By Gustavo Capdevil
GENEVA, Jul 2013 (IPS) – Staunch opposition by the U.S. delegation and, to one extent or another, by European countries has blocked the approval this year of a draft multilateral declaration on the rights of peasants and other people working in rural areas, which is backed by the developing world. Bolivian diplomat Angélica Navarro, chair of the intergovernmental working group tasked with drafting the declaration, recommended that it meet again in mid-2014.Navarro said that in the meantime, she would hold consultations with representatives of governments, civil society and the United Nations, which is promoting the initiative through its Human Rights Council.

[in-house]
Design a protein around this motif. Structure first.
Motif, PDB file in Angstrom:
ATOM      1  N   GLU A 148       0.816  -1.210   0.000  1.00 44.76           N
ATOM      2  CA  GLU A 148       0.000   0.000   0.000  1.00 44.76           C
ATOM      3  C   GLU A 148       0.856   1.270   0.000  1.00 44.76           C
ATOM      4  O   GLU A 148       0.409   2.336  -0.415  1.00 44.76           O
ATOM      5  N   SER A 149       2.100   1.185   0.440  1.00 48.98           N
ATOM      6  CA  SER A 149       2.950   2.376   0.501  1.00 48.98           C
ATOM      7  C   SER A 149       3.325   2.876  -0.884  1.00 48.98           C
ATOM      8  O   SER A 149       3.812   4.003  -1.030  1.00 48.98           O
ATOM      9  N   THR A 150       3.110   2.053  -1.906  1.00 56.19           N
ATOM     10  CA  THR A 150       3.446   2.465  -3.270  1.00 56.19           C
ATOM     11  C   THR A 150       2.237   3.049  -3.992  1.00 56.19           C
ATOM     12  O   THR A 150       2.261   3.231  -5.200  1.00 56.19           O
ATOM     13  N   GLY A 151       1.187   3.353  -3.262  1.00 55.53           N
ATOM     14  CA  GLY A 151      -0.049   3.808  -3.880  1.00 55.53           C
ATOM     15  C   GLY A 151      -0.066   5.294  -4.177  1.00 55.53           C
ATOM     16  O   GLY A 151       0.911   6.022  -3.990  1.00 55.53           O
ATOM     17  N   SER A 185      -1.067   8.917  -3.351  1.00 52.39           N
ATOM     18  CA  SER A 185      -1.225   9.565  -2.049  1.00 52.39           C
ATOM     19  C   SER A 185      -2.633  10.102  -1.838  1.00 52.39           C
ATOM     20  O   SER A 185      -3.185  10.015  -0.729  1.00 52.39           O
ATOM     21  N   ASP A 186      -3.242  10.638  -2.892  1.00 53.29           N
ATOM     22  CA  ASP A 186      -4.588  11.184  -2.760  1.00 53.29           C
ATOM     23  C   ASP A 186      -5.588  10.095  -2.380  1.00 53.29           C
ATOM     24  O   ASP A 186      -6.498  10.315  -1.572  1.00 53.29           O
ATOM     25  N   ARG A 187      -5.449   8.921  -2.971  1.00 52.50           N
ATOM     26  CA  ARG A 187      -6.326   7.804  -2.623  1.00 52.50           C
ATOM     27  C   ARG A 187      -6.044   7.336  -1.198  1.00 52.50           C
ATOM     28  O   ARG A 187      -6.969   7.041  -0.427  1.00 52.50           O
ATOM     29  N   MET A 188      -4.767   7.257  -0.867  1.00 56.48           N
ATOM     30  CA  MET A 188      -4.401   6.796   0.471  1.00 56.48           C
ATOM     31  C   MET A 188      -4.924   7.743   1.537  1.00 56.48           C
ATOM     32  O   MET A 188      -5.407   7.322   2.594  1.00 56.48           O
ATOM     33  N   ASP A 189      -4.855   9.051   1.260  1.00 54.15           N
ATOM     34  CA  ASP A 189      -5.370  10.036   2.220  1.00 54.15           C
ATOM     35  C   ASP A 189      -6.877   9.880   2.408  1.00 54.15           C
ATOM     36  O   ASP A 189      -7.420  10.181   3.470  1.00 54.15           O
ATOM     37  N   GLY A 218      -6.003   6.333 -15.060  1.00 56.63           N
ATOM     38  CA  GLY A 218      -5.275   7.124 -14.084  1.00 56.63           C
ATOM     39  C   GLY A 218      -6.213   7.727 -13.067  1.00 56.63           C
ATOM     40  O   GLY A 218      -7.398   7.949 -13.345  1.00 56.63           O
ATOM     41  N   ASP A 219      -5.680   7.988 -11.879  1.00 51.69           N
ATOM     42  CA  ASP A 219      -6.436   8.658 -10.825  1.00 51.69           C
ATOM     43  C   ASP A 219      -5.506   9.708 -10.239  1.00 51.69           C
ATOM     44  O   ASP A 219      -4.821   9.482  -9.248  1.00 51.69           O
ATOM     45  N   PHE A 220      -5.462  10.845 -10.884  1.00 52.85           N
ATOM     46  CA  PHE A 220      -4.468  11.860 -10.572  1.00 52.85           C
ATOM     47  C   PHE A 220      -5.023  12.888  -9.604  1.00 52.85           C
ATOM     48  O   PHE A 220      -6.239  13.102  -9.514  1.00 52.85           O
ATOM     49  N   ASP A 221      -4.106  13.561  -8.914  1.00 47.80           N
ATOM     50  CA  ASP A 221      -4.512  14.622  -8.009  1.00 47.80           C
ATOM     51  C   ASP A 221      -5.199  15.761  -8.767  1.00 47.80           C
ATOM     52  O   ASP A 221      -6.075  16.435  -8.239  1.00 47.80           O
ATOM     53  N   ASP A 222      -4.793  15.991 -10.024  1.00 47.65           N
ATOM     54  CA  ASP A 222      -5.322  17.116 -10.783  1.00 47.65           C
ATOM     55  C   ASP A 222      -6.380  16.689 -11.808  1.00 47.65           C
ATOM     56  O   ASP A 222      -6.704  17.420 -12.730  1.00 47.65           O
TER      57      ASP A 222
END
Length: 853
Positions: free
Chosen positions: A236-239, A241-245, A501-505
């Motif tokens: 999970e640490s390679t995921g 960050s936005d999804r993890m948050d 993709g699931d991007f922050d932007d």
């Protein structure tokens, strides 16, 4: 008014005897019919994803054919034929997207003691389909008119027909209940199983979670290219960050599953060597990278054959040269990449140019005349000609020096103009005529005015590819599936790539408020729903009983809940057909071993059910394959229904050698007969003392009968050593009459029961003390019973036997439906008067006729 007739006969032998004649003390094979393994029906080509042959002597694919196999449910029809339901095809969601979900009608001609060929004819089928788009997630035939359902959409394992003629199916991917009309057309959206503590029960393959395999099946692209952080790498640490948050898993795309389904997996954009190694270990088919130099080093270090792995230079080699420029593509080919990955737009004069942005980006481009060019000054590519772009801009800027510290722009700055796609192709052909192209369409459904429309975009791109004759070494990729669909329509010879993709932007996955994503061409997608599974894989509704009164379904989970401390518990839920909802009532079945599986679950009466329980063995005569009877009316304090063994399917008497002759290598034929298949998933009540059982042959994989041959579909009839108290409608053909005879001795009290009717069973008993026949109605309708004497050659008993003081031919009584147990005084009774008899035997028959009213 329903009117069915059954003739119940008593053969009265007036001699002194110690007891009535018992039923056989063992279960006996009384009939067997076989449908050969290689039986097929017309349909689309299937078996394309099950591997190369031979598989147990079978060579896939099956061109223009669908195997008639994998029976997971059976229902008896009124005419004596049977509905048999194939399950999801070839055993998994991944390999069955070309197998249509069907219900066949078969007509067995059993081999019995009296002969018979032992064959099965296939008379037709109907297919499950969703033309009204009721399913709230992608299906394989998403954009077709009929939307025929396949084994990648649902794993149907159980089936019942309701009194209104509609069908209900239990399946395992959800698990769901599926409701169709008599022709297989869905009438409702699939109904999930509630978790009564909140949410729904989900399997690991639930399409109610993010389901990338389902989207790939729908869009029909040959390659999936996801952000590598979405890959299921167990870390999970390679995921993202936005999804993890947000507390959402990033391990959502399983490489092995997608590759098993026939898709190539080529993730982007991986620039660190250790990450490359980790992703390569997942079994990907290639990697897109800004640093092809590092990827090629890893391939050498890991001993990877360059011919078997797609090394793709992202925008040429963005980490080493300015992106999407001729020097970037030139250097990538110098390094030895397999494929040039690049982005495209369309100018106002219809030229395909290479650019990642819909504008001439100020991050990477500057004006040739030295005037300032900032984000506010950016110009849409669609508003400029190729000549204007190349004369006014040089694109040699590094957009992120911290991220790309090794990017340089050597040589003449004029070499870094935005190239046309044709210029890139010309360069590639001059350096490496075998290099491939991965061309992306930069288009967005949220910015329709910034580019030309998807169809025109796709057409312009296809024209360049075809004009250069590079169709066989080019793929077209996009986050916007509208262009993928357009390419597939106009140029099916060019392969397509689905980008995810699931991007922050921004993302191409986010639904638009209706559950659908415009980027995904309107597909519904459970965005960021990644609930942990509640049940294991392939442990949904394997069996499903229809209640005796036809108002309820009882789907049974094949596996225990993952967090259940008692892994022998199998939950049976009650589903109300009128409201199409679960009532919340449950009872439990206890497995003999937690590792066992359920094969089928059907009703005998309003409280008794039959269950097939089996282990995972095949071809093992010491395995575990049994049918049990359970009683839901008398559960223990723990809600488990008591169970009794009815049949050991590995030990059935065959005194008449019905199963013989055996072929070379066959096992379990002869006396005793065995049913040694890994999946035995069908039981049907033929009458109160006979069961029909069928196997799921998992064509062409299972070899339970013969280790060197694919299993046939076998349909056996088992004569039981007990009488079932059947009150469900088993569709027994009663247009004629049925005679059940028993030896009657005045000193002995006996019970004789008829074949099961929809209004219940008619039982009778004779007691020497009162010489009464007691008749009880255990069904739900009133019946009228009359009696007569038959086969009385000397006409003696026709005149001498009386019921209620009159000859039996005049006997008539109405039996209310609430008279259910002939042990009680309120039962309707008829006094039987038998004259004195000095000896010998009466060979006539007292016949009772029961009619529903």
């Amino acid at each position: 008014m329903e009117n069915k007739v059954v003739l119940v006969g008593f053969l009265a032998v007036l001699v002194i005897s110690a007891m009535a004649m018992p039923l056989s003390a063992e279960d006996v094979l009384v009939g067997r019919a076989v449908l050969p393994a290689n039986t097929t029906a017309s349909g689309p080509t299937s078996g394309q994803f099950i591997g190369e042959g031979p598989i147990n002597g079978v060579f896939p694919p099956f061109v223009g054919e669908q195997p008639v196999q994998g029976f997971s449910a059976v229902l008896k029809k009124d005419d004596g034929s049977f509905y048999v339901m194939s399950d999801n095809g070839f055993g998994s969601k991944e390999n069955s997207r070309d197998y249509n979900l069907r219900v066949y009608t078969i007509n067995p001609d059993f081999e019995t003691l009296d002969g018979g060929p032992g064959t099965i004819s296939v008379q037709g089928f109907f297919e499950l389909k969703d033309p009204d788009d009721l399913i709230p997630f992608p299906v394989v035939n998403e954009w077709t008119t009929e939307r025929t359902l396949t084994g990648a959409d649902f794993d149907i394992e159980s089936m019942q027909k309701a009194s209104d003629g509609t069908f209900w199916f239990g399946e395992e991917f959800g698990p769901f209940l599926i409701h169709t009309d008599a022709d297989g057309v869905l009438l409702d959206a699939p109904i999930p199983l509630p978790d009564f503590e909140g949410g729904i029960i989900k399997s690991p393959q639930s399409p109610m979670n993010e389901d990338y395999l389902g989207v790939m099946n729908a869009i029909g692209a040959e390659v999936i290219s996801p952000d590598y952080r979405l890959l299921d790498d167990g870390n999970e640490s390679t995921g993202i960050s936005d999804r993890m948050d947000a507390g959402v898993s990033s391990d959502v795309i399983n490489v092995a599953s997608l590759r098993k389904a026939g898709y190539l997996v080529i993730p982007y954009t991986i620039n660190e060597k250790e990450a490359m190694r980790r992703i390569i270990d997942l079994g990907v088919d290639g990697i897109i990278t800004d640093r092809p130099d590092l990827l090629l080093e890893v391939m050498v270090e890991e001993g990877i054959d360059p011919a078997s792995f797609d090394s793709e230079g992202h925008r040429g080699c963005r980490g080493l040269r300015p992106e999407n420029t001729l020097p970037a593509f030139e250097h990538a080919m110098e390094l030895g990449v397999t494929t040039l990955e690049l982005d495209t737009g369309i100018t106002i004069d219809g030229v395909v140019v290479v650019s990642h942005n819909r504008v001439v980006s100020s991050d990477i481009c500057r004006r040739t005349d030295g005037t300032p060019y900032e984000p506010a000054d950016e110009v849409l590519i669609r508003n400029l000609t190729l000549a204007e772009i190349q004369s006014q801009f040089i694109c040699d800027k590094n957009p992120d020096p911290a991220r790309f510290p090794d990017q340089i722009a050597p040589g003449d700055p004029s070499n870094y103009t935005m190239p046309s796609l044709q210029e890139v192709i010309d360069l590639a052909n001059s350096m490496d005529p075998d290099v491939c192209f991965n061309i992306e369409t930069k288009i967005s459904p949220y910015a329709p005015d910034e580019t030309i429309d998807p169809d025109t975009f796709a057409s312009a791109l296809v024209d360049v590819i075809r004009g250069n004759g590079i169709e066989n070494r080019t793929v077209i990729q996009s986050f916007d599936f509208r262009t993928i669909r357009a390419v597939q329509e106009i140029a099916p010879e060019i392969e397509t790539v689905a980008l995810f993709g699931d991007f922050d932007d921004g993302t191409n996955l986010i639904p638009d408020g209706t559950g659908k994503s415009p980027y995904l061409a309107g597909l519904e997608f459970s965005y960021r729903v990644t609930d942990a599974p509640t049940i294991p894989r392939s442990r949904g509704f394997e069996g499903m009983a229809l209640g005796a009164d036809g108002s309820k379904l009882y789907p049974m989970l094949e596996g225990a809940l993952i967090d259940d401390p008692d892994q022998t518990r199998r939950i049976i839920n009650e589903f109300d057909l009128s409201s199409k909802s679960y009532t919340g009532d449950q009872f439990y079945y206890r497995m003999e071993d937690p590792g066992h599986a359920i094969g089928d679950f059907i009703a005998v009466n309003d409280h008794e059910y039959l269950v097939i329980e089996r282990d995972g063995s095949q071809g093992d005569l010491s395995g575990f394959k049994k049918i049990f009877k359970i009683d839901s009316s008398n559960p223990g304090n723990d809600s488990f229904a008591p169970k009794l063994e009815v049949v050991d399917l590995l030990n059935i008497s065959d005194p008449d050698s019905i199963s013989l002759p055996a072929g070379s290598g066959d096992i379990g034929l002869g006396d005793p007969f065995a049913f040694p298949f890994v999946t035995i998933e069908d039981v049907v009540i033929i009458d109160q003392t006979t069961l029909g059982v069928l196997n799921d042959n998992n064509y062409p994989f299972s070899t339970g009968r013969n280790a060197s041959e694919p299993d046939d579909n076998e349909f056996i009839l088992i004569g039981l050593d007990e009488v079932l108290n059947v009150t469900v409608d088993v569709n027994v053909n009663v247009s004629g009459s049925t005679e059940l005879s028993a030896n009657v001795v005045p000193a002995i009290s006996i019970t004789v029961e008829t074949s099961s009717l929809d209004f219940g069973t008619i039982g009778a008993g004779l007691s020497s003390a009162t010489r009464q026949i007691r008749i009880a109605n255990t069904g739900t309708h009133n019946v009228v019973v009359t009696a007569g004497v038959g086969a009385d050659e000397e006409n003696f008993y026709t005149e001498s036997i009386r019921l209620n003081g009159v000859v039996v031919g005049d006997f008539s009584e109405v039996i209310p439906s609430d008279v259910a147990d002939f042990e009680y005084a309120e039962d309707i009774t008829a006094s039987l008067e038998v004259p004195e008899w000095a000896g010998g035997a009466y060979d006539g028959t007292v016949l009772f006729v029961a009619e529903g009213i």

“From the start we knew the process would be difficult, because the positions of some countries clashed with certain provisions in the declaration,” said Malik Özden, representative of the Europe-Third World Centre (CETIM), a Geneva-based NGO that is behind the draft declaration. Özden told IPS that industrialised nations critical of the draft document wanted to remove some fundamental elements from the text, such as references to land grabbing and intellectual property rights over agricultural technologies and inputs, especially seeds. The draft declaration seeks to protect peasants who work the land themselves and rely above all on family labour in agriculture, cattle-raising, pastoralism, and handicrafts-related to agriculture. The term peasant also applies to landless people in rural areas engaged in various activities such as fishing, making crafts for the local market, or providing services.